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Family restored

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Project by Dan Krager posted 03-03-2013 12:56 PM 887 views 0 times favorited 12 comments Add to Favorites Watch
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Here is a nice family, Mr. and Mrs. Ballpeen Hammer with Junior. The handles were broken off and the heads were rusty and dirty. Now they have a new lease on life with solid ash, custom turned handles. The heads have been custom fitted into a cradle that helps suppress vibration from the blows and forms a strong cushion should the target be missed, which is the cause of most broken handles. No expoxy, just good mechanics and tight fit.
DanK

-- Dan Krager, Olney IL http://www.kragerwoodworking.weebly.com





12 comments so far

View Sheila Landry (scrollgirl)'s profile

Sheila Landry (scrollgirl)

7755 posts in 1610 days


#1 posted 03-03-2013 01:24 PM

They look beautiful, Dan. Nice pieces that will be kept in the family a lifetime! :)

Sheila

-- Designer/Artist/Teacher. Owner of Sheila Landry Designs (http://www.sheilalandrydesigns.com) Scroll saw, wood working and painting patterns and surfaces. "Knowledge is Power"

View helluvawreck's profile

helluvawreck

15960 posts in 1556 days


#2 posted 03-03-2013 01:27 PM

A worthy cause. Nice work.

helluvawreck aka Charles
http://woodworkingexpo.wordpress.com

-- If a man does not keep pace with his companions, perhaps it is because he hears a different drummer. Let him step to the music which he hears, however measured or far away. Henry David Thoreau

View LukieB's profile

LukieB

939 posts in 1020 days


#3 posted 03-03-2013 02:02 PM

Dan, they look awesome! very nice work.

-- Lucas, "Someday woodworks will be my real job, until then, there's this http://www.melbrownfarmsupply.com"

View Don W's profile

Don W

15245 posts in 1257 days


#4 posted 03-03-2013 02:45 PM

Nice. I like the turtle neck handles. How did you cut the cradles?

-- Master hand plane hoarder. - http://timetestedtools.com

View woodbutcherbynight's profile

woodbutcherbynight

1278 posts in 1099 days


#5 posted 03-03-2013 04:23 PM

Very nice, they have relatives that live in my toolbox.

-- Live to tell the stories, they sound better that way.

View Dan Krager's profile

Dan Krager

1613 posts in 924 days


#6 posted 03-03-2013 04:32 PM

The handle part was trivial turning. I decided to turn these instead of make them oval with a drawknife as I have done with some in the past. I discovered that more time should be spent on how the head was connected, so I reduced the time spent on the handle by turning. Besides, the humps offer a comfortable, hand filling grip at different balance points as good or better than what I was doing with the draw knife.
I turned the head tenon to the size of the longest part of the head opening. I undercut the tenon shoulder to match the curve of the casting. Then I drew the outline of the head opening on the end of the tenon and quickly removed all the irrelevant waste with a saw, chisel, and scraper. I continued scraping until the head could be forced to the shoulder, focusing on the areas marked by the head at each “fitting”. I was careful to keep the head oriented the same way each fitting because the ovals are unique to each head and not regular. I was also careful about grain orientation of handle to head, trying to keep 45 degree or less to the axis of the head. This makes the wedges, driven parallel to the grain open the tip of the handle into the widest part of opening in the strongest possible way. Before driving the wedges, however, I flattened the sides of the collar and cut more relief where needed with carving chisels. I wanted the head to be cradled in the collar to help diffuse the twisting shock of the head upon impact. And it is less likely that the head will be snapped off on a missed stroke. They may not be the prettiest hammer in the drawer, but I’ll bet they outlast some of their brothers… It’s humble work, but I still want it to be the best available. There are some 12 LB sledge heads with 18” handles I made for the concrete pump trucks that have lasted two years so far and are still basically unmarred. Dirty, but solid. I even checkered two of them to see if that improved the grip in the muddy slippery conditions, and it does seem to be working.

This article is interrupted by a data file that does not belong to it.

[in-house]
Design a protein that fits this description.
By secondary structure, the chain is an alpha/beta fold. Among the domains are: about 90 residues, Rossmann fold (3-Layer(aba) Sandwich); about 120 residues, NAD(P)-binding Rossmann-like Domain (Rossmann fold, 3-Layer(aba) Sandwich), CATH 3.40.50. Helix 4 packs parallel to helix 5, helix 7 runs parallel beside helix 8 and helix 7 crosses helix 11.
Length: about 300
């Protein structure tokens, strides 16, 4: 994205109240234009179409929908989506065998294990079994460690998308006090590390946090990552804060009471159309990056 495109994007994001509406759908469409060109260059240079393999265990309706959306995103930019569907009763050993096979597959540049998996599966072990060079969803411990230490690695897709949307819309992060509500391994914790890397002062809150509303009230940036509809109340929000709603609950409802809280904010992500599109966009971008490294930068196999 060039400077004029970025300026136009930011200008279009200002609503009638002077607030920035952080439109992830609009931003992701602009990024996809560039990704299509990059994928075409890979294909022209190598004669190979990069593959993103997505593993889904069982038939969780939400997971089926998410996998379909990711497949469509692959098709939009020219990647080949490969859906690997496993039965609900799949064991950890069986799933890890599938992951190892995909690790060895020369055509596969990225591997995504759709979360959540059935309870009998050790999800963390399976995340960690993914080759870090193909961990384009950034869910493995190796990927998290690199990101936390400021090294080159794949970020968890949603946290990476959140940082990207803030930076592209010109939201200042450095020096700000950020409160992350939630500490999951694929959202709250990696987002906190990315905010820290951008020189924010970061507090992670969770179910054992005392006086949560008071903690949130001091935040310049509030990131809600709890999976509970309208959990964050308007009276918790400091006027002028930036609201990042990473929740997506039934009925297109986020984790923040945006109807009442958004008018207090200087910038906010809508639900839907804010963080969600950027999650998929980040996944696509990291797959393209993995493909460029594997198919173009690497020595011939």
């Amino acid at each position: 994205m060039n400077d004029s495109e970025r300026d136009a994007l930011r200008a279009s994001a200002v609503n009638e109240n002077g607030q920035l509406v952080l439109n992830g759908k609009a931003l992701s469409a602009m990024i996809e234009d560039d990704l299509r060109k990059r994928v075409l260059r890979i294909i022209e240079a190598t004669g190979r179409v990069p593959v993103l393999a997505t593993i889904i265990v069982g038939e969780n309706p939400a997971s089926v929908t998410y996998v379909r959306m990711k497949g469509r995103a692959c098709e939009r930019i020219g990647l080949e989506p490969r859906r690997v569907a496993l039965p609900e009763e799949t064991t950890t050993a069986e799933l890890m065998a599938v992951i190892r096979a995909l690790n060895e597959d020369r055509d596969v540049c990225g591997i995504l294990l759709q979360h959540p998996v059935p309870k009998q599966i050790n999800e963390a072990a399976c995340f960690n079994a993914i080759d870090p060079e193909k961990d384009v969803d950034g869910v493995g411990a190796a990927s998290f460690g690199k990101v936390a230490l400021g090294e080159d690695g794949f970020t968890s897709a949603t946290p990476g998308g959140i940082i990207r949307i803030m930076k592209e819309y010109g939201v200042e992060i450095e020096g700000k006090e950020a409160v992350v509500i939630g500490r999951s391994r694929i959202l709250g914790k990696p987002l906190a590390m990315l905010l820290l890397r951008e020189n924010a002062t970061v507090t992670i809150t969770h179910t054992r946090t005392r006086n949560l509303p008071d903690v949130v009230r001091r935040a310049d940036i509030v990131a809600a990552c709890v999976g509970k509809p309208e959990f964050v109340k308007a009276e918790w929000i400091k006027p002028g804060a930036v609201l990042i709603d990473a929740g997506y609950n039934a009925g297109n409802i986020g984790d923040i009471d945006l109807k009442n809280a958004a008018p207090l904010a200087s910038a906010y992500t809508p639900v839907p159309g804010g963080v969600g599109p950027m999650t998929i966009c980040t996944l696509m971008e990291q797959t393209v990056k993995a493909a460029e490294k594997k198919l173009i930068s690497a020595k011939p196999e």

DanK

-- Dan Krager, Olney IL http://www.kragerwoodworking.weebly.com

View Don W's profile

Don W

15245 posts in 1257 days


#7 posted 03-03-2013 04:38 PM

they are great custom handles. Thanks for the explanation.

-- Master hand plane hoarder. - http://timetestedtools.com

View woodbutcherbynight's profile

woodbutcherbynight

1278 posts in 1099 days


#8 posted 03-03-2013 10:26 PM

Good explanation, helps with setting up my own, thanks!

-- Live to tell the stories, they sound better that way.

View a1Jim's profile

a1Jim

112326 posts in 2267 days


#9 posted 03-03-2013 10:28 PM

They look nice and sturdy.

-- http://artisticwoodstudio.com Custom furniture

View RobynHoodridge's profile

RobynHoodridge

126 posts in 1019 days


#10 posted 03-04-2013 11:17 AM

Yes! Somebody else who understands the boon of broad shoulders. Nice work.

-- Never is longer than forever.

View Chrisysue's profile

Chrisysue

30 posts in 641 days


#11 posted 03-05-2013 09:56 AM

Very nicely done, they look to pretty to use.

-- Chrisy & Larry GR. MI.

View Fishinbo's profile

Fishinbo

11301 posts in 865 days


#12 posted 03-06-2013 03:02 PM

Beautiful hammers! Like the nice shape of the handles, looks really sturdy and handy with your detailed and helpful explanation. Thanks for sharing!

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